3 Questions to... Natia Seskuria
In our 3 Questions To series we introduce women working in defence and security. This time it is our pleasure to introduce Natia Seskuria who is an Associate Fellow at the Royal United Services Institute (RUSI) and serves at the Office of the National Security Council (NSC) of Georgia. Additionally, Natia is a Non-Resident Fellow at the Middle East Institute and a member of the Panel of Young Advisers at Chatham House. Prior to this, she served at the Ministry of Defence of Georgia and worked for the Foreign Editor of The Sunday Times. Natia has a broad experience in policy-making, strategic foresight, international security and defence planning, with a focus on Russia and Eurasia. She has an MA in Politics, Security and Integration and a BA (Hons) in Politics and East European Studies from University College London (UCL), and speaks seven languages including fluent French, Russian, English and Georgian.
What are you currently working on?
This year brought a wave of challenges following the advent of the coronavirus, mounting more tasks on busy work schedule at the NSC. Yet, it would be wrong to underestimate this experience, as it offered me a unique opportunity to develop important new skills within crisis management. I furthermore contribute to RUSI’s work on defence and security as an Associate Fellow. My regional focus concentrates on Russia and the wider Black
Sea region. My colleagues and I are currently working on a number of fascinating projects, including a research project, which will condense into an exciting book containing a collection of several authors’ analyses regarding the coordinating mechanisms for national security decision-making. I am also contributing to the Middle East Institute as a Non-Resident Fellow in the form of articles and a research project on the Black Sea security. Additionally, I lecture politics and security at sereral universities, a role through which I wish to instil my students the same curiosity and passion that I enjoyed myself as a student in the UK. Teaching is a precious experience and I very much enjoy working with my students. Having recently joined the panel of young advisers at the Chatham House, I look forward to shaping the Institute’s next generation engagement strategy.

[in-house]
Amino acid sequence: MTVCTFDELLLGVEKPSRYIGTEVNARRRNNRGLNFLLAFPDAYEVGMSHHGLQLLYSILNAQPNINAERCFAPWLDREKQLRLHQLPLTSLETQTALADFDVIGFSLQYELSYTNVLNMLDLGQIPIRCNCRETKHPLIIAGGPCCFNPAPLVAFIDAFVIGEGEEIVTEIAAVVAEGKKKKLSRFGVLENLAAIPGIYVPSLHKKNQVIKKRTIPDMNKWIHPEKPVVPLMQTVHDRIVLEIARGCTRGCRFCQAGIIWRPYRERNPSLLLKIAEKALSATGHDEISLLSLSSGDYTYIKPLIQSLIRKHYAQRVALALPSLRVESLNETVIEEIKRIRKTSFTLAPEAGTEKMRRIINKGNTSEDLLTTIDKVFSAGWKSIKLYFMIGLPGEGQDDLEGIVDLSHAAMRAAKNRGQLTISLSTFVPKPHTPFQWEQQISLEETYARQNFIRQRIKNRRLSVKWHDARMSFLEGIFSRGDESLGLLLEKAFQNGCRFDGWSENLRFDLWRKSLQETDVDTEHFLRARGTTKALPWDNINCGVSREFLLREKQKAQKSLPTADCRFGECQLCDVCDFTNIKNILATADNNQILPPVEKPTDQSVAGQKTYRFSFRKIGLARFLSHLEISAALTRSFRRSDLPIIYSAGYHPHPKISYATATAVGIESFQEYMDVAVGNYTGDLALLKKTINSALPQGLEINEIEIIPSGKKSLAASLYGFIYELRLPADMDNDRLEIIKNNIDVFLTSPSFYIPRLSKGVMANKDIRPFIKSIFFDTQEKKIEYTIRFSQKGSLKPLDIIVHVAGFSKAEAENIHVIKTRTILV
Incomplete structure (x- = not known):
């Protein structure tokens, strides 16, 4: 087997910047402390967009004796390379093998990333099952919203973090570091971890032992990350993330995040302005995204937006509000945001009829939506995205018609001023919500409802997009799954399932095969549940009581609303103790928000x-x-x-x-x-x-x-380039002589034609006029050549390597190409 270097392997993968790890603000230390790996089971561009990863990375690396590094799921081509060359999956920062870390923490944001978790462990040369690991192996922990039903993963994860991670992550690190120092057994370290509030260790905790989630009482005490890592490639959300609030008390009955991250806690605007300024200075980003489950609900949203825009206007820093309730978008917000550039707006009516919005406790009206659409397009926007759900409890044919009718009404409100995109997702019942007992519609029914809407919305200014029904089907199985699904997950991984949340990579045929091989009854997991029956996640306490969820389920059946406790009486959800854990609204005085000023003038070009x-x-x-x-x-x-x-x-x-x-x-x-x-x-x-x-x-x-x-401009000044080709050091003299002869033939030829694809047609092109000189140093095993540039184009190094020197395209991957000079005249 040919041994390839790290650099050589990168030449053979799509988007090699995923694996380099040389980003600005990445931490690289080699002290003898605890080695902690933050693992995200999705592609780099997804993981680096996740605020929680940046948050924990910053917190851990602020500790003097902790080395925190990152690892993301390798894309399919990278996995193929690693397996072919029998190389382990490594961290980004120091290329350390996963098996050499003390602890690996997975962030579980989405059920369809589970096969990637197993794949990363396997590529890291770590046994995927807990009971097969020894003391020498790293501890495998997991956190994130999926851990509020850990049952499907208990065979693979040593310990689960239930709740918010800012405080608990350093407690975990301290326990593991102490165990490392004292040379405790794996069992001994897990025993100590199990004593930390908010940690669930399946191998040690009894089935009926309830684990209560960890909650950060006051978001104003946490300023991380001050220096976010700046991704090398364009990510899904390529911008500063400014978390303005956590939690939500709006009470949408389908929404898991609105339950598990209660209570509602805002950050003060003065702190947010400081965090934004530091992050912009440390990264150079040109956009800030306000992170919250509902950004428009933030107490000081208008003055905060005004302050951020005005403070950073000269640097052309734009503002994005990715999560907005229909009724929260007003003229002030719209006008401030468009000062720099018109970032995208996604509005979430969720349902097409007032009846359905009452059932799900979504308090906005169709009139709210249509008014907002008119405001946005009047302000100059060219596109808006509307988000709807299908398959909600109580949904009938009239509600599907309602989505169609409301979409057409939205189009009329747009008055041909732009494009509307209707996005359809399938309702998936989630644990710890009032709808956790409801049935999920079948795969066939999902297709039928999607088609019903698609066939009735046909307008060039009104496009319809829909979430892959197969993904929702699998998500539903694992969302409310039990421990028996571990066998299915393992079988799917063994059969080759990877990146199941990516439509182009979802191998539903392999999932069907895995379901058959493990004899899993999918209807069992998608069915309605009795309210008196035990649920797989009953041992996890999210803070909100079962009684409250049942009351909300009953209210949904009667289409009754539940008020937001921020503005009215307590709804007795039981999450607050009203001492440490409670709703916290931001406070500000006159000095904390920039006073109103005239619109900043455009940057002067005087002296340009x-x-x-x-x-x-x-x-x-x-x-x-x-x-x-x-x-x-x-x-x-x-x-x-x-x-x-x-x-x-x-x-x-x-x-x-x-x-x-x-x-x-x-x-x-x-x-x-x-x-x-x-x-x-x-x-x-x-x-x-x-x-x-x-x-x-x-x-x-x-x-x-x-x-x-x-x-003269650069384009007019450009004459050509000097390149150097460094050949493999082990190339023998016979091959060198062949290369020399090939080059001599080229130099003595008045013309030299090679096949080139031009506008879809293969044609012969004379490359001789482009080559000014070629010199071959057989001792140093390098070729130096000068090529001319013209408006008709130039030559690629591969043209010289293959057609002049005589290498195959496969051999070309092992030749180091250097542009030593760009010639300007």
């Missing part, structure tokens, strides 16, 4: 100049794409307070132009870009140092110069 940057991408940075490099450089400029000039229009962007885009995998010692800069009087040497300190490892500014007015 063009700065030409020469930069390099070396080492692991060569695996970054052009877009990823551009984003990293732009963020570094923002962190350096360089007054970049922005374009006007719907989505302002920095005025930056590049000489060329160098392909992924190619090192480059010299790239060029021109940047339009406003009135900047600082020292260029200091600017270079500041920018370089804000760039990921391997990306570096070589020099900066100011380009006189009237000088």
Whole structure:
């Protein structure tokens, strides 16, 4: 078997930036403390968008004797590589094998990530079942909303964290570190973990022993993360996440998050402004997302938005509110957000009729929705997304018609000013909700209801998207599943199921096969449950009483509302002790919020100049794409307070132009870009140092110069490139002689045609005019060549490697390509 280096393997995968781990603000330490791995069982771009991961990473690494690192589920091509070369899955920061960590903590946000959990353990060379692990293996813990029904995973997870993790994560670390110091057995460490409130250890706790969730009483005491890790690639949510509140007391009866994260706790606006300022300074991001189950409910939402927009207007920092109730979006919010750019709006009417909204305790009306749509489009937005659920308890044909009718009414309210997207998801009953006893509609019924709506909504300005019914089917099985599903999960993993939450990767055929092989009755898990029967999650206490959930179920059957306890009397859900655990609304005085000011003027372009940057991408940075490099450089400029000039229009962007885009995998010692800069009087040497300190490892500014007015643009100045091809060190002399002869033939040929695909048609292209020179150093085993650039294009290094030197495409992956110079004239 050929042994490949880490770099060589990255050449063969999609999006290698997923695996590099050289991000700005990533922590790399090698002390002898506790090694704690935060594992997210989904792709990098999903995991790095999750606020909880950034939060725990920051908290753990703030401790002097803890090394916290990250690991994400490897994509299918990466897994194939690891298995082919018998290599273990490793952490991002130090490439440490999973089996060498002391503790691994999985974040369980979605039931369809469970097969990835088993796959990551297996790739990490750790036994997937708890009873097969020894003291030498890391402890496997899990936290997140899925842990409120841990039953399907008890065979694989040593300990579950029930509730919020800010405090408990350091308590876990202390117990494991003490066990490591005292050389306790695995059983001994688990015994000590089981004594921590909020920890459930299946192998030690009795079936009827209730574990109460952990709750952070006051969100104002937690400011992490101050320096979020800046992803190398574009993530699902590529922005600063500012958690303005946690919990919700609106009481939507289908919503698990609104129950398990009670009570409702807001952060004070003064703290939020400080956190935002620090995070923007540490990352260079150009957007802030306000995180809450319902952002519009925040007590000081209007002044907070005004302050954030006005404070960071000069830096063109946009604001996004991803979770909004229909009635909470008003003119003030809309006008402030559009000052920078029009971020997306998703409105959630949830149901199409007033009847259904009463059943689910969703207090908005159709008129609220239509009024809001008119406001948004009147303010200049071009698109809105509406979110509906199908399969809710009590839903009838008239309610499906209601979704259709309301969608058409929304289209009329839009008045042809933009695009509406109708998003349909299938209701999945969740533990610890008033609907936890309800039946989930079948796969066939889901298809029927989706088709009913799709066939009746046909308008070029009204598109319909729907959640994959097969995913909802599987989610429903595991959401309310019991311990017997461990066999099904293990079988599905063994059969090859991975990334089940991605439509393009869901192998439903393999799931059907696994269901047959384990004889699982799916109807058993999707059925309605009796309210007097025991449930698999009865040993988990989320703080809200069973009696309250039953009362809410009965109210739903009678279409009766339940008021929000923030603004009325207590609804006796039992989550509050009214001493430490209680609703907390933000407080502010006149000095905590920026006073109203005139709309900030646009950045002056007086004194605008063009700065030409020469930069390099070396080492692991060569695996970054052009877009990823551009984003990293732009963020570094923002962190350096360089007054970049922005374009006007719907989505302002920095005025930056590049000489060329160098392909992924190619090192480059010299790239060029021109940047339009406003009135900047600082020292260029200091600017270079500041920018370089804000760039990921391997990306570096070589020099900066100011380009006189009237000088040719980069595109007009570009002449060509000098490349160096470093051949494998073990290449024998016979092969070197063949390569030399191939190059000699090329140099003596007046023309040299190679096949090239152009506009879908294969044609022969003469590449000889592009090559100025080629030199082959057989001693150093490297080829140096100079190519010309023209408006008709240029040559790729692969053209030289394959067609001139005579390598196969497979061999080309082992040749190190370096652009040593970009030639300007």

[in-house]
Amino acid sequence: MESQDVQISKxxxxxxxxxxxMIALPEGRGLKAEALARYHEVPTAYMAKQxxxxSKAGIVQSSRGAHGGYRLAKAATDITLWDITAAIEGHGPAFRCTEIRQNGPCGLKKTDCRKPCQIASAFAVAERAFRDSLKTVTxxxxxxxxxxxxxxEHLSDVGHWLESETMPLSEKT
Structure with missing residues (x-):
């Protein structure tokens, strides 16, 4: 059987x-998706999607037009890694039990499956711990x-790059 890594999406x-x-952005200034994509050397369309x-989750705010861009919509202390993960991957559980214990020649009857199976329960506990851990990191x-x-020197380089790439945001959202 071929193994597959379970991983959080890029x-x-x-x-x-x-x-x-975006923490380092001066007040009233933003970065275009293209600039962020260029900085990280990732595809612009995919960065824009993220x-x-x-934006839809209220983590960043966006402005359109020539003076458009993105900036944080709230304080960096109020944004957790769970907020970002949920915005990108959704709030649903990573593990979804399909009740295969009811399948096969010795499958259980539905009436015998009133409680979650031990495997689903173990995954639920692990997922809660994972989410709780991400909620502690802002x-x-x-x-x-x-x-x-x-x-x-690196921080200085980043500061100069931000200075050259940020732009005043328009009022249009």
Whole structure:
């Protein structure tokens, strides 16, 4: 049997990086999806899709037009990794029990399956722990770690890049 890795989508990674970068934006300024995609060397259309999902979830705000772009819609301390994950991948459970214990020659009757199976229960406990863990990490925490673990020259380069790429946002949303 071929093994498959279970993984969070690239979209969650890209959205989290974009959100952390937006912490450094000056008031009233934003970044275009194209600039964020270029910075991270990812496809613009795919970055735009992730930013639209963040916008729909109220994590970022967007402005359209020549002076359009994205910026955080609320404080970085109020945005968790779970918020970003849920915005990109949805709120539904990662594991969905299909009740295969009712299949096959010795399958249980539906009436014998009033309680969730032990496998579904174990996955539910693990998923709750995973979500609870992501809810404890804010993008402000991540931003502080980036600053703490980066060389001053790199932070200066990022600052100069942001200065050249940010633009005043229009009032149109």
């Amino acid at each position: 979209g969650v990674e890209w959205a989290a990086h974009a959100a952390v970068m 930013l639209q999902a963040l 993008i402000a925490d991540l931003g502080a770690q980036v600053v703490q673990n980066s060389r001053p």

What are the opportunities and challenges of working in your field?
Working within the defence and security field is stimulating and no day is like any other! I have been lucky in being able to work and learn from outstanding experts, whose guidance opened my horizons, expanding my research interests to areas that I previously would not consider. From military aggression, to disinformation and cyberattacks, states are faced by a myriad of defence and security threats. Living in such challenging times provides more opportunities than limitations, opening passages to practitioners and researchers to dive into deep reflection. These dynamic times do require to always remain up-to-date and well-informed with the latest developments, but maintaining a life-work balance remains a key challenge for me, as I have also learned its importance from past burnouts.
How did you get to your current position?
There are three keywords that summarise every successful professional: strong will, determination, and hard work. From an early age, I had an idea of what I wanted to do in life but the path has not been easy and I have had to take some bold decisions. Relocating to London at a very young age was a daunting step though essential to pursue my goals and get to a desired position. The privilege of pursuing my studies and professional career there led to open a lot of opportunities for me and to meet inspirational people within and outside of my field. I am a perfectionist, so I never give up until I reach the point when I am happy with the end result. I think the key is to identify your goals, keep your standards very high and work hard. So far, this ”strategy” has proved to be efficient for me.